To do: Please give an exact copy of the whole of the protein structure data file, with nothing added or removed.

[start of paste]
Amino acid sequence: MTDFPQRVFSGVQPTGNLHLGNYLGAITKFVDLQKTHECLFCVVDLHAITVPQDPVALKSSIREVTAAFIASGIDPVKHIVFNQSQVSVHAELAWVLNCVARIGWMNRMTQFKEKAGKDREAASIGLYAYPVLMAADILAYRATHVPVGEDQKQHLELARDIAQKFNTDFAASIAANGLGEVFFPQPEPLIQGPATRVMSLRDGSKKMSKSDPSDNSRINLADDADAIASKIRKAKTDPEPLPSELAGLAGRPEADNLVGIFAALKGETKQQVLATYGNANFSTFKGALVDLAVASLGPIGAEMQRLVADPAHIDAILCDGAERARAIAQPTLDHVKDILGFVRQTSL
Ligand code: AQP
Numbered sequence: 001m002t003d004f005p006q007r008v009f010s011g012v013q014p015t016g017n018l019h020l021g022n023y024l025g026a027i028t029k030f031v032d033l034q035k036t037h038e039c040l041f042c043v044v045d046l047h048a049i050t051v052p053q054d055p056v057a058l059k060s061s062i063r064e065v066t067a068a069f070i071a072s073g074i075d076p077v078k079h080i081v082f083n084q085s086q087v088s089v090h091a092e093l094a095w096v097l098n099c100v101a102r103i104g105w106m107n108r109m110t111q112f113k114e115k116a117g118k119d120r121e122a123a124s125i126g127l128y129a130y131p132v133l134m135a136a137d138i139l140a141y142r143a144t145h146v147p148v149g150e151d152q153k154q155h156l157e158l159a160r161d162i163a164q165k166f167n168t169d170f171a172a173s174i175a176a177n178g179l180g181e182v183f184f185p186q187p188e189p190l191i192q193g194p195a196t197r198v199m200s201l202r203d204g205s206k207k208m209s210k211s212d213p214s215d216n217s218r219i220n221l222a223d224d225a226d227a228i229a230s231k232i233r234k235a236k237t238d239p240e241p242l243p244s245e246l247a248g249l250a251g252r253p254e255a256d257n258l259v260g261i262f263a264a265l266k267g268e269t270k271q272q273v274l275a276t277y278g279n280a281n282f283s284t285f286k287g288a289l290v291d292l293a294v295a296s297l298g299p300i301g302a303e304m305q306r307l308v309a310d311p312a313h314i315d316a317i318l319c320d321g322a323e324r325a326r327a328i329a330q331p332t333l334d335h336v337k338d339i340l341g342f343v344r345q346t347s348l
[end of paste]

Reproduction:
Amino acid sequence: MTDFPQRVFSGVQPTGNLHLGNYLGAITKFVDLQKTHECLFCVVDLHAITVPQDPVALKSSIREVTAAFIASGIDPVKHIVFNQSQVSVHAELAWVLNCVARIGWMNRMTQFKEKAGKDREAASIGLYAYPVLMAADILAYRATHVPVGEDQKQHLELARDIAQKFNTDFAASIAANGLGEVFFPQPEPLIQGPATRVMSLRDGSKKMSKSDPSDNSRINLADDADAIASKIRKAKTDPEPLPSELAGLAGRPEADNLVGIFAALKGETKQQVLATYGNANFSTFKGALVDLAVASLGPIGAEMQRLVADPAHIDAILCDGAERARAIAQPTLDHVKDILGFVRQTSL
Ligand code: AQP
Numbered sequence: 001m002t003d004f005p006q007r008v009f010s011g012v013q014p015t016g017n018l019h020l021g022n023y024l025g026a027i028t029k030f031v032d033l034q035k036t037h038e039c040l041f042c043v044v045d046l047h048a049i050t051v052p053q054d055p056v057a058l059k060s061s062i063r064e065v066t067a068a069f070i071a072s073g074i075d076p077v078k079h080i081v082f083n084q085s086q087v088s089v090h091a092e093l094a095w096v097l098n099c100v101a102r103i104g105w106m107n108r109m110t111q112f113k114e115k116a117g118k119d120r121e122a123a124s125i126g127l128y129a130y131p132v133l134m135a136a137d138i139l140a141y142r143a144t145h146v147p148v149g150e151d152q153k154q155h156l157e158l159a160r161d162i163a164q165k166f167n168t169d170f171a172a173s174i175a176a177n178g179l180g181e182v183f184f185p186q187p188e189p190l191i192q193g194p195a196t197r198v199m200s201l202r203d204g205s206k207k208m209s210k211s212d213p214s215d216n217s218r219i220n221l222a223d224d225a226d227a228i229a230s231k232i233r234k235a236k237t238d239p240e241p242l243p244s245e246l247a248g249l250a251g252r253p254e255a256d257n258l259v260g261i262f263a264a265l266k267g268e269t270k271q272q273v274l275a276t277y278g279n280a281n282f283s284t285f286k287g288a289l290v291d292l293a294v295a296s297l298g299p300i301g302a303e304m305q306r307l308v309a310d311p312a313h314i315d316a317i318l319c320d321g322a323e324r325a326r327a328i329a330q331p332t333l334d335h336v337k338d339i340l341g342f343v344r345q346t347s348l